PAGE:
Once you get your tank, it becomes immediately apparent where DMA put all of the emphasis. The game doesn't bother explaining the mission, the enemies or anything about the situation at hand. You just get in a tank and go shoot at things, and that's where Wild Metal is at its best. While the first encounters with the enemy vehicles don't amount to much, the fighting gets more interesting as the game (and the enemy AI) progresses. The line between simulation and arcade action is somewhat blurred here, but it works. There's more to it than just shooting at bad guys. Wild Metal allows independent control of a tank's main cannon, so it takes some thinking before charging into battle. Accurate firing while in motion involves skilled rotation of the cannon, while long range attacks are made possible by pointing the cannon skyward. These two relatively simple ideas make for fun battle scenarios. I really got a kick out of surprising enemies by raining shells on them from afar. And up-close, high-speed combat not only tests your skill, but your patience as well. When the fighting gets heavy, sometimes retreating to plan a different strategy is the only option. And since all the tanks have unlimited rounds for the main cannon, it's possible to get out of trouble by unleashing an uncontrolled fury of shots. In this way, Wild Metal retains an arcade sensibility, but it isn't just another dumb action game. You have consider things before shooting, and I enjoyed that aspect of it.
I also enjoyed the game's finer points, like the realistic physics model. The tanks bounce along the rough terrain and react to the environment like a large armored vehicle should. The explosion effects are very nice as well, as tanks can be jarred off-course from nearby shockwaves. Recoil from your own cannon also affects your position. If you're not careful, you can end up stuck upside-down, leaving you vulnerable to attack. For the tanks that have problems righting themselves, this can become a major problem. So in a sense, gravity and the lay of the land are just as a much a factor in battle as the enemies. Not many action games think of these things.
However, despite its thoughtful approach to simple combat, Wild Metal's lack of attention elsewhere really dulls the whole experience. The graphics in particular aren't very exciting at all, and have little to no variation from level to level. Some games can persuade you to continue playing by showing you new things, but Wild Metal keeps recycling the same rocky mountains and sandy valleys. There's no compensation for this, either. As repetitive as the game is visually, the mission objectives are positively tedious. No matter the stage, the goal is the same—retrieve the colored power cores. It's almost an insult to for a game with such solid play mechanics to have such a pointless mission. You put us in a tank and want us to pick up all the pretty colors? Please! Star Fox 64 gave us more things to do in a tank on one level than Wild Metal gives us in an entire game. Wild Metal just doesn't offer enough incentive to conquer the 20-plus levels. There's no benefit in doing and seeing the same thing over and over again, even if it means reclaiming "the future for mankind."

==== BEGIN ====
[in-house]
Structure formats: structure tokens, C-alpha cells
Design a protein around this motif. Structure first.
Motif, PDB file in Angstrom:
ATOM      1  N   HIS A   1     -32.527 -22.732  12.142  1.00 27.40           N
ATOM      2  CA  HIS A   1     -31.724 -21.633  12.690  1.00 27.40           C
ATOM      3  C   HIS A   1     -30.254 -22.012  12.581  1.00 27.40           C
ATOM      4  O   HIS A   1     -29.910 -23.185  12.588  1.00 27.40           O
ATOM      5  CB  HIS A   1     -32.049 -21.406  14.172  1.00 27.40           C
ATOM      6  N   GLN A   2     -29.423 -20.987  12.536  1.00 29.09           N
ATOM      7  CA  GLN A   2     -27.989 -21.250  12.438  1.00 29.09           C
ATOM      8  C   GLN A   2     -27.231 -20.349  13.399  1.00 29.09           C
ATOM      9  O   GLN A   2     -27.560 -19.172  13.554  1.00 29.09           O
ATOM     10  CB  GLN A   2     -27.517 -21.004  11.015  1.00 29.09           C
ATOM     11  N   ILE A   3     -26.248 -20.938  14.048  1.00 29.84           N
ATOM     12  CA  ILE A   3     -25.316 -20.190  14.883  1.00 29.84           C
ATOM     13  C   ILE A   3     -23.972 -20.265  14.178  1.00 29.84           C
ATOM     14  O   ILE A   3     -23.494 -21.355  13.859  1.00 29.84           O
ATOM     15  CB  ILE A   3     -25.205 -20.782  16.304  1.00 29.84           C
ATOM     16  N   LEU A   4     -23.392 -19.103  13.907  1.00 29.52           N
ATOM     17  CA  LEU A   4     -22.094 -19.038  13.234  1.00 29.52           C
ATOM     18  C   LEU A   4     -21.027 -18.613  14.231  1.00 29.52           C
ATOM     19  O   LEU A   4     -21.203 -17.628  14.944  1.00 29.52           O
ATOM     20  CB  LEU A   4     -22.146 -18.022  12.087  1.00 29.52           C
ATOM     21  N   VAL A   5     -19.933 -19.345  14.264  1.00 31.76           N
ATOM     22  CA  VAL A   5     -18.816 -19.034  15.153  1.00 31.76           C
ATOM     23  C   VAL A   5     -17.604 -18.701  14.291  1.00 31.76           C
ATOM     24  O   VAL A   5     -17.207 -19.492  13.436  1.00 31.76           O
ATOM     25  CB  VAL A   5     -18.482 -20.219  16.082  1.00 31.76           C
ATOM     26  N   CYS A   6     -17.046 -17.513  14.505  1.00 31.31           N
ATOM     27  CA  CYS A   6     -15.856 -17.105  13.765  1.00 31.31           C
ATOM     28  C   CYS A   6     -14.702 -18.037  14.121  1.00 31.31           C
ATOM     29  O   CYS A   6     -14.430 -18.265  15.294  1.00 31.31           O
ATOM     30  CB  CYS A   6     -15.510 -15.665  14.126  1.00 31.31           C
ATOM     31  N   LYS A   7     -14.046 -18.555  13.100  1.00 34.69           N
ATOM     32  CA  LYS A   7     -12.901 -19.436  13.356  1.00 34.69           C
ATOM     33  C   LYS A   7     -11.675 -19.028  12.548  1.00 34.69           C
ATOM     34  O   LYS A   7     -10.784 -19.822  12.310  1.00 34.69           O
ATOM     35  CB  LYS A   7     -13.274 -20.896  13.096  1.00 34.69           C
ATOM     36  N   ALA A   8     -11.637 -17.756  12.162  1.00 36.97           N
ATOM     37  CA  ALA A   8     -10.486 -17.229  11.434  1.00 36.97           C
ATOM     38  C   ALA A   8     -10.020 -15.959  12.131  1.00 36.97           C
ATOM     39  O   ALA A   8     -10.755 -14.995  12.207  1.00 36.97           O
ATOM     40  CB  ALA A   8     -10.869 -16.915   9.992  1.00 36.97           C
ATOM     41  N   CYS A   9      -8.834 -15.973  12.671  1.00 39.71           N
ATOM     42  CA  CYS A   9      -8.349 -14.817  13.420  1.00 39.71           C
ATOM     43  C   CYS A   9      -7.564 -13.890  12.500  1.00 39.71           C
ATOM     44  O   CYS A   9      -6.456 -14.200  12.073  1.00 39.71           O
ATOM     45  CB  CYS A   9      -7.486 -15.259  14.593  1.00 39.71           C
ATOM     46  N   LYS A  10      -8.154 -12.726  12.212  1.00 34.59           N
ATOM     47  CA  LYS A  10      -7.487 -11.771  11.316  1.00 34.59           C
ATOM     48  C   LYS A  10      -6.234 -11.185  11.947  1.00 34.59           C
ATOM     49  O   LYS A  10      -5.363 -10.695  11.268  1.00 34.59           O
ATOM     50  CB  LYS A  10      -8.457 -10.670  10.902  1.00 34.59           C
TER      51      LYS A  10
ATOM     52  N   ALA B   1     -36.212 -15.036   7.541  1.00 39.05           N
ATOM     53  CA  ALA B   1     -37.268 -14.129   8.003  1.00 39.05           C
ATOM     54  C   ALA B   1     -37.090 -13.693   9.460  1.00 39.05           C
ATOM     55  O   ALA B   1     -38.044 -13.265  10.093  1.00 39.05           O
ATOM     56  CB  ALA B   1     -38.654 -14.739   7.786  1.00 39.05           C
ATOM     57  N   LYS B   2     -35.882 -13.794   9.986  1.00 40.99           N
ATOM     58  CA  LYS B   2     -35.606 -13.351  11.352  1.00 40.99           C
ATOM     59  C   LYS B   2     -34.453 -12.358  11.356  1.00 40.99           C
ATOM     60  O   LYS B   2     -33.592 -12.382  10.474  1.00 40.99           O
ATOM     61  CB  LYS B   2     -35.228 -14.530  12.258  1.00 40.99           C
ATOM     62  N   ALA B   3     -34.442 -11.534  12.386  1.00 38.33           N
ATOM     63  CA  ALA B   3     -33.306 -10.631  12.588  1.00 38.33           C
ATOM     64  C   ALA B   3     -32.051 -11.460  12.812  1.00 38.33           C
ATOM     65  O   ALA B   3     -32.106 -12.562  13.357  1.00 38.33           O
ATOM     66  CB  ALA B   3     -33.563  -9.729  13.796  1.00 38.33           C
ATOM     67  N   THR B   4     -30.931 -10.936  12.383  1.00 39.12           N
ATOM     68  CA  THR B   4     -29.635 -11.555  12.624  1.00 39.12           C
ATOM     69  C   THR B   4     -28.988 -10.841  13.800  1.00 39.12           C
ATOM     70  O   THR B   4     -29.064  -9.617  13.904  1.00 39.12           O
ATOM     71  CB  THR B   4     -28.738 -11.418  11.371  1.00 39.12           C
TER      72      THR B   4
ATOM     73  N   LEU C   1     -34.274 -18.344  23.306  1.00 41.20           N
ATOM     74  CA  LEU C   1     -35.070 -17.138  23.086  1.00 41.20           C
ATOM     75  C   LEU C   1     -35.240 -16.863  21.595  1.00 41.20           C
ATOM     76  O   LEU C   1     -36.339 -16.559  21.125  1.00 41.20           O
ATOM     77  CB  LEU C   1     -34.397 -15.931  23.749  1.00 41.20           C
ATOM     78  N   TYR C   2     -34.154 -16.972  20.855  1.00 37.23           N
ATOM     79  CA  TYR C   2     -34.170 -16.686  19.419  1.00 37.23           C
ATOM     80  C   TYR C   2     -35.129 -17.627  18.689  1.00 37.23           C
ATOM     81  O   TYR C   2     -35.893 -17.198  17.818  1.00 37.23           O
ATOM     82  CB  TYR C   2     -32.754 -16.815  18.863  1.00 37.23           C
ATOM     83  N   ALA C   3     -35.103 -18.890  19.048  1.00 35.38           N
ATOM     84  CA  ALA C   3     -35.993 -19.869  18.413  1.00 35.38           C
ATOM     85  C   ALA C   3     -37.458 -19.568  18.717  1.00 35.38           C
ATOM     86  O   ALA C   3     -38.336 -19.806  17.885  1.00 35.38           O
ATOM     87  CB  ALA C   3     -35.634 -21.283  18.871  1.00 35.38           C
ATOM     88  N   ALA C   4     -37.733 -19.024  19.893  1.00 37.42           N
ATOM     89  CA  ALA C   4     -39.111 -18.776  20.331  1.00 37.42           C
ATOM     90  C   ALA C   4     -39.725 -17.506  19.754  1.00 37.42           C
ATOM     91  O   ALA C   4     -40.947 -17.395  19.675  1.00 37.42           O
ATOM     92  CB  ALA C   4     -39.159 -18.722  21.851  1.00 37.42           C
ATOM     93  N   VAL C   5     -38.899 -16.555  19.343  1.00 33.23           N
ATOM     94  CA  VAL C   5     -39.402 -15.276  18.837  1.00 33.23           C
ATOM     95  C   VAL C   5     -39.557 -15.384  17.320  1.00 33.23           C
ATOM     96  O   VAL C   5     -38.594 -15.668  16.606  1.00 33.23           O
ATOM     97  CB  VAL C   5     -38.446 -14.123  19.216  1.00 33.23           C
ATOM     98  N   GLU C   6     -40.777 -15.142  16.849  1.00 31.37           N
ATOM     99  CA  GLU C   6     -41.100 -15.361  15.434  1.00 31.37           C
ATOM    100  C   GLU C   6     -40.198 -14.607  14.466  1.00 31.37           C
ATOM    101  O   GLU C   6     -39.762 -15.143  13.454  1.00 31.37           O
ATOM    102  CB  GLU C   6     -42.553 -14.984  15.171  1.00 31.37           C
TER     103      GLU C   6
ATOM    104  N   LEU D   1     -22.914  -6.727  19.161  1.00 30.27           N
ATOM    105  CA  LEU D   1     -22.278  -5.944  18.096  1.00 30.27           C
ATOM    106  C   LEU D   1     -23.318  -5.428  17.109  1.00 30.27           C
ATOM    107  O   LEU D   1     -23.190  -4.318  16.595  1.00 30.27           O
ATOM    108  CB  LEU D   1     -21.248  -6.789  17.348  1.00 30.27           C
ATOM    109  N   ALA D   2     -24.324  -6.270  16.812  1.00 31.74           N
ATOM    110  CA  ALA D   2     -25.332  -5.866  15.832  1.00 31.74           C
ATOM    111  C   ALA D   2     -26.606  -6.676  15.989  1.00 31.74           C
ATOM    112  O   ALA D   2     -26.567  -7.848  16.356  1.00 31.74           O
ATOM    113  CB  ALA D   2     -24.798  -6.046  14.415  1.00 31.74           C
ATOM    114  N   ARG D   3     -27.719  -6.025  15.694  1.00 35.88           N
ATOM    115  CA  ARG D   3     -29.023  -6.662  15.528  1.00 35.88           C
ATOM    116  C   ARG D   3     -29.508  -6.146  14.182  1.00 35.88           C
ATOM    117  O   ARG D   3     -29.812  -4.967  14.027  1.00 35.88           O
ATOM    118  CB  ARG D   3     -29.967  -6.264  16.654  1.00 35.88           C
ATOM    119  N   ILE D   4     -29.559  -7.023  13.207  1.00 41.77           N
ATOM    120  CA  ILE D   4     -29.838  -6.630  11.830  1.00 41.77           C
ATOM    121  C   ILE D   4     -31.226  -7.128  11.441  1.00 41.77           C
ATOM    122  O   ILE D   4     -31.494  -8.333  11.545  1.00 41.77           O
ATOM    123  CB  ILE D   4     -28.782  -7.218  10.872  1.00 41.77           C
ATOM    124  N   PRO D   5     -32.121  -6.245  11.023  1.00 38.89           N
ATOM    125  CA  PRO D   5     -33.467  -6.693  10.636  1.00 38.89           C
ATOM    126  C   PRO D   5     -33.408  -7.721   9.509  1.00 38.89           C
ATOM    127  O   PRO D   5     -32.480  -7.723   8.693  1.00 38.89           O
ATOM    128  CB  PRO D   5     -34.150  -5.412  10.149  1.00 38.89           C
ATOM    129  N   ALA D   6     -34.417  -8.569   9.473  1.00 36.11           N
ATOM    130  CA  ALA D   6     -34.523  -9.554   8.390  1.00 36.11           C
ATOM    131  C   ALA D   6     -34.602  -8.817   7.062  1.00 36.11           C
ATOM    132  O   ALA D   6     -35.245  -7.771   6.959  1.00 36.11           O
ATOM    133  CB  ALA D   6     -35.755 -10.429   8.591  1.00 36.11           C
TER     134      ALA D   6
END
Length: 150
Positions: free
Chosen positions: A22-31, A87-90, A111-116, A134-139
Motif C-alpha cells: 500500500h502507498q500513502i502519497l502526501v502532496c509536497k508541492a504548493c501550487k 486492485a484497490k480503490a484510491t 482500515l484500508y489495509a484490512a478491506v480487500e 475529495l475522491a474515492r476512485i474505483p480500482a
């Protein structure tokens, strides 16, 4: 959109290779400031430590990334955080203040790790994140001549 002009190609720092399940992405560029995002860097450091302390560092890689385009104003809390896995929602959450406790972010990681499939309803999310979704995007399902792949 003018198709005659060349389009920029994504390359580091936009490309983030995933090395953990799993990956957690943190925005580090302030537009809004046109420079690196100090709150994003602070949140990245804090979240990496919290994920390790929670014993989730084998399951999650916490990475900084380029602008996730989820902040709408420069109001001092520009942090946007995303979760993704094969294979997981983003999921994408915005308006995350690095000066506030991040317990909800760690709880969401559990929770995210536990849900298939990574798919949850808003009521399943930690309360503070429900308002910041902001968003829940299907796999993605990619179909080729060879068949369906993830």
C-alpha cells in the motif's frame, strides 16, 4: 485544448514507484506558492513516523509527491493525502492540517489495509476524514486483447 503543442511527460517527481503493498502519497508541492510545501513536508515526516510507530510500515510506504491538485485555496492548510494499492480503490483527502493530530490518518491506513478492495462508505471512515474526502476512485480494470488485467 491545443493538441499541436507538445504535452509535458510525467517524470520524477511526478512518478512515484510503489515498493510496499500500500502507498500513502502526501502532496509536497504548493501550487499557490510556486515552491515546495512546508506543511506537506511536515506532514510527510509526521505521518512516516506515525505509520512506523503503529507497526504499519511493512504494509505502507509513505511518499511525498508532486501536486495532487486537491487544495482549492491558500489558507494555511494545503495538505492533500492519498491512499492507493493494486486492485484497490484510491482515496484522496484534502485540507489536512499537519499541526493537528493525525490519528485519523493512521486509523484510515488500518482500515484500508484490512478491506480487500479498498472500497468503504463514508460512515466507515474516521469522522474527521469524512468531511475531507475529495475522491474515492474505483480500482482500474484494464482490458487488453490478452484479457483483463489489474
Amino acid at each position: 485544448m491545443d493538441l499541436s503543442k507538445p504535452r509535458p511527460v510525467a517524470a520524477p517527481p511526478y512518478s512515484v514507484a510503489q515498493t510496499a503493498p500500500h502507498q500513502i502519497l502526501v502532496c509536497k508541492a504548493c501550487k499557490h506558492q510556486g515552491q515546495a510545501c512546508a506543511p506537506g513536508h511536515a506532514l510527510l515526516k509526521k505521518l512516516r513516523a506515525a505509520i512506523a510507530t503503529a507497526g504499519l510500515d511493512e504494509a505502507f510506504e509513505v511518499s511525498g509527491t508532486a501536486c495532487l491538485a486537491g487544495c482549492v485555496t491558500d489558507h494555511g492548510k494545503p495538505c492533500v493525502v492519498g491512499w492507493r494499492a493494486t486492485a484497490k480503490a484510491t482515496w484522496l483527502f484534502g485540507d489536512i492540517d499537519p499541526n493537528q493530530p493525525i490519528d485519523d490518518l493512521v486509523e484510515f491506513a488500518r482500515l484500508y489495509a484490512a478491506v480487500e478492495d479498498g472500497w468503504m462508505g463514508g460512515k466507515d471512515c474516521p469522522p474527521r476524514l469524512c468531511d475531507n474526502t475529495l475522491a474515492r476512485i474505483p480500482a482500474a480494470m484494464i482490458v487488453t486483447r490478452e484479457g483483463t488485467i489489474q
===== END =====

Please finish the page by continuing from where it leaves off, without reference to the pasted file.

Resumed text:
The other problems with Wild Metal are more minor. I found the third-person perspective optimal for this type of game, but the camera control is awkward and takes some getting used to. I also thought the role of the helicopter air-support could have been pumped up. Instead of functioning only to drop power-ups and assist when a tank is overturned, an extra dimension would have been added by letting the helicopters participate more directly in the actual fighting. My last gripe is with the special weapons—some of which are cool, but on the whole, they don't prove very useful. Futuristic, interplanetary war should involve more devastating weapons that are capable of laying waste to entire countrysides (talk about an incentive to keep playing). But we never see that in Wild Metal. The action here is merely destructive when it could have been apocalyptic.
Although Wild Metal can be a drag for a single player, the action is ideal for two players going head-to-head. The split-screen battle mode really benefits from the strong gameplay and doesn't bring any of the baggage from the one-player mode. It just plays up to the game's main draw—search-and-destroy tank combat. It's for this reason that I'm bringing my Dreamcast and Wild Metal over to my parent's house to see if dad is interested in some good-natured warfare.